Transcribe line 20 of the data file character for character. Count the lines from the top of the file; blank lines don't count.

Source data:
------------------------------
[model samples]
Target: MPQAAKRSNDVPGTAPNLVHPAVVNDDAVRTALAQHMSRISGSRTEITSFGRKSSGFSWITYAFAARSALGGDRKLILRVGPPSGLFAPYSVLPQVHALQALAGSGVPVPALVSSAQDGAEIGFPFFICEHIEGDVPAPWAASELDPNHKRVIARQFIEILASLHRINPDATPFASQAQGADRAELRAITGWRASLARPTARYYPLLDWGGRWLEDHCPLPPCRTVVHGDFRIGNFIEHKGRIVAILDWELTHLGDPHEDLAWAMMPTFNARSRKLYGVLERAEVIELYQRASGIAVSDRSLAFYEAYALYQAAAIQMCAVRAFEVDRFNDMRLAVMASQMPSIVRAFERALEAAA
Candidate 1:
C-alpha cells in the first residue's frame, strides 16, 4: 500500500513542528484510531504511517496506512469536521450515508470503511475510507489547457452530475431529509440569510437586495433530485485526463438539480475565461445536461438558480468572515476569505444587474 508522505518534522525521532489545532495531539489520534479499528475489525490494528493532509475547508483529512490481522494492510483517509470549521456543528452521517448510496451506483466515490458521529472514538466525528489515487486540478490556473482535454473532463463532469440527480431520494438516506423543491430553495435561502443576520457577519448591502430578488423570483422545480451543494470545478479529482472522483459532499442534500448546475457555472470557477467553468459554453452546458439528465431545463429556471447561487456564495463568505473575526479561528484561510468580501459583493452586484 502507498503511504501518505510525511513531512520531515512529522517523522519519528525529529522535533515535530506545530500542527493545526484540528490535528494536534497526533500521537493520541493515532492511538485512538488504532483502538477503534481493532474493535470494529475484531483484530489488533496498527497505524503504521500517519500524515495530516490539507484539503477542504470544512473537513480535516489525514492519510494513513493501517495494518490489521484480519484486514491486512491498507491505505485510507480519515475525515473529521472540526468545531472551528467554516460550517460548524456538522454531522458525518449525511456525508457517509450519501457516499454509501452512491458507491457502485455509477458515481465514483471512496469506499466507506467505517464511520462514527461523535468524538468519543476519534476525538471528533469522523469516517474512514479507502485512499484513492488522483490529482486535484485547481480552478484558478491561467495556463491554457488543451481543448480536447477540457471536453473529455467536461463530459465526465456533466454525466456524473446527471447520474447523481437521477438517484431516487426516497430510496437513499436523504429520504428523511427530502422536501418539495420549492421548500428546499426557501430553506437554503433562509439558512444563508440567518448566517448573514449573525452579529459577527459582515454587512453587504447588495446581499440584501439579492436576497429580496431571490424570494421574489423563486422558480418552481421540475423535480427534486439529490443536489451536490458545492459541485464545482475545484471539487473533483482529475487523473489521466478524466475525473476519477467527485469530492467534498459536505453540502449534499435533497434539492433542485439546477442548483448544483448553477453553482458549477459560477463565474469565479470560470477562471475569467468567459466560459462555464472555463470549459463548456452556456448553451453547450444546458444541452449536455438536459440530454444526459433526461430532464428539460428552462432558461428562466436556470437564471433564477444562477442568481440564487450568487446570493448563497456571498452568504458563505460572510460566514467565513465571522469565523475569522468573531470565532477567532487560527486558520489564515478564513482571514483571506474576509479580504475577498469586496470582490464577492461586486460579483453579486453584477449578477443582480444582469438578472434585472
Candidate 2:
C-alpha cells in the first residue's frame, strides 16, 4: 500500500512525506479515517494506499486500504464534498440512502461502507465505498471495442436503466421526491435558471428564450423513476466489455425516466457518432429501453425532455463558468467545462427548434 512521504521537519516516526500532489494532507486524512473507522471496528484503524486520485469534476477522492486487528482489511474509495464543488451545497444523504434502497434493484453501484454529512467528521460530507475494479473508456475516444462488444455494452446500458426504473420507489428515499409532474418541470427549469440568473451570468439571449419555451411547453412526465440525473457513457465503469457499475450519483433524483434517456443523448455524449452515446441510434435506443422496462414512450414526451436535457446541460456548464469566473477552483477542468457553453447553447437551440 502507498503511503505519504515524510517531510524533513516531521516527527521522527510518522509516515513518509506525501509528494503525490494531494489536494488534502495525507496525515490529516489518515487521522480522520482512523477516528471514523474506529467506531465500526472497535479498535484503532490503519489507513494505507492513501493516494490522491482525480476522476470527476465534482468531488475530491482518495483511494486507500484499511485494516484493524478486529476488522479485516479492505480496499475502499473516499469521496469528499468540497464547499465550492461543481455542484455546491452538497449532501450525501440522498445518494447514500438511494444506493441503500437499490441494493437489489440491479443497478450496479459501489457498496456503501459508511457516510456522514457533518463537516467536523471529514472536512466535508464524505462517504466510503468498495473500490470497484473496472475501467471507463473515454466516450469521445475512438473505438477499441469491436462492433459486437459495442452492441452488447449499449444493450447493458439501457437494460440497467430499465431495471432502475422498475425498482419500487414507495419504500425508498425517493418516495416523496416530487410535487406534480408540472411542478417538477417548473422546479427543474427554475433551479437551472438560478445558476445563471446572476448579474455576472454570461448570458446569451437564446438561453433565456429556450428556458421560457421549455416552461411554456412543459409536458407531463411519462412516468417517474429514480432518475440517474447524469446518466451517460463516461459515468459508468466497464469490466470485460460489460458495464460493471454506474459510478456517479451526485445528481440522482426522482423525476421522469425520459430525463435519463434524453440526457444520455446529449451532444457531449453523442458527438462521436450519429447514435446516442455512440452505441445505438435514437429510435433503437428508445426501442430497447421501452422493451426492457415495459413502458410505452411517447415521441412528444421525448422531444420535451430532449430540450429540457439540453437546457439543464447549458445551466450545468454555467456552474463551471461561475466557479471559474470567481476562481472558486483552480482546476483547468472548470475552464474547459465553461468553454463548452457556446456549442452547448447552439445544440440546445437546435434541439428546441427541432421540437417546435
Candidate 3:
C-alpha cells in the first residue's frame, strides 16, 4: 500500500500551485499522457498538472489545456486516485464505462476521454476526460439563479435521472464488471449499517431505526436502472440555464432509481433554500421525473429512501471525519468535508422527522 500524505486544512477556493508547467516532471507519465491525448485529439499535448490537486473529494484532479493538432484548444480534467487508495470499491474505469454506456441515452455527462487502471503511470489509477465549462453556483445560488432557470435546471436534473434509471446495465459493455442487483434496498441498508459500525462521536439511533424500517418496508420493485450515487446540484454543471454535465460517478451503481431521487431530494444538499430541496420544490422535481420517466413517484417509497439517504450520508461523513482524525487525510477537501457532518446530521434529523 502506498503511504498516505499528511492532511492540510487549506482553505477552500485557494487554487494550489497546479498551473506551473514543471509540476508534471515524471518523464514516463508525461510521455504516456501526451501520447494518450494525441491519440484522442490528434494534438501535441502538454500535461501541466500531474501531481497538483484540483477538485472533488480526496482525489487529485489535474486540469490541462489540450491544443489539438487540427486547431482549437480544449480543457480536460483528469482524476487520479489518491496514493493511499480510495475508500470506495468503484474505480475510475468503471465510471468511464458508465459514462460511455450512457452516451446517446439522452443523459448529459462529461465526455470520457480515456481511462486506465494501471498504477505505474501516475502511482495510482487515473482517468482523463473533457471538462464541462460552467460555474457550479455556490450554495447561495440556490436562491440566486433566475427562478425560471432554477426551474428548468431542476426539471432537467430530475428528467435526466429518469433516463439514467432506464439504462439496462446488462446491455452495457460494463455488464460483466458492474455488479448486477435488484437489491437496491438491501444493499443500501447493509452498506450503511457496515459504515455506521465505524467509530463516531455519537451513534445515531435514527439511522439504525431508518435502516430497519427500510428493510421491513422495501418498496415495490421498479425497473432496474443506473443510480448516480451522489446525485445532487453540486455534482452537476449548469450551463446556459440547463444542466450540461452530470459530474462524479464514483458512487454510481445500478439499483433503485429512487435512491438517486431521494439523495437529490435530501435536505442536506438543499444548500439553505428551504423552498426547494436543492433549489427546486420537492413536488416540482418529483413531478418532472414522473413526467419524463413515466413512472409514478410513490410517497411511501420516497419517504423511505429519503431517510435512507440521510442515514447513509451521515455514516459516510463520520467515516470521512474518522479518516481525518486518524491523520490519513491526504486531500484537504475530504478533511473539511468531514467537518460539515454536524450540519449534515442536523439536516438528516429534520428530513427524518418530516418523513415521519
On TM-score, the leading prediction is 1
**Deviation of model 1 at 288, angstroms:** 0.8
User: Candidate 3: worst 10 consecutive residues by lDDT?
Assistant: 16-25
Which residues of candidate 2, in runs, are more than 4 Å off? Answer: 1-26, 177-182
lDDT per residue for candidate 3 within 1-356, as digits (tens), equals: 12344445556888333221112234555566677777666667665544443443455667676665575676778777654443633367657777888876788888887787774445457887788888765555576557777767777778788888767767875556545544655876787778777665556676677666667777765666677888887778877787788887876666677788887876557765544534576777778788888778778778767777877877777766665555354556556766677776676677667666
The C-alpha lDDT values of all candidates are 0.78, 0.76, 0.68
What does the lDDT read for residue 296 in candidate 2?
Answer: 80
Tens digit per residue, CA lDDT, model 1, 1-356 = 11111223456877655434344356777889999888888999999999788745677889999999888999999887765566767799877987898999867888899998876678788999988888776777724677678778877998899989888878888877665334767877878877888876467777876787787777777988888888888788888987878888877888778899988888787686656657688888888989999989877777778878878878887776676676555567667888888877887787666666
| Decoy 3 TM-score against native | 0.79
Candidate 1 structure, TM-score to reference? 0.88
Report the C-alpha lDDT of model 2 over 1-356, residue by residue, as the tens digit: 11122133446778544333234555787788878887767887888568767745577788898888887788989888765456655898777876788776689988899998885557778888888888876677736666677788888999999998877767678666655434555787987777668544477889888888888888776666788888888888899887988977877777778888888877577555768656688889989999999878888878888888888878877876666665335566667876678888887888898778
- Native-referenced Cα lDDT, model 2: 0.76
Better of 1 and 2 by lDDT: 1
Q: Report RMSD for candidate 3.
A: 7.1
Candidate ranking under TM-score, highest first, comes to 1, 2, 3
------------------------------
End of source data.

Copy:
Candidate 1 structure, TM-score to reference? 0.88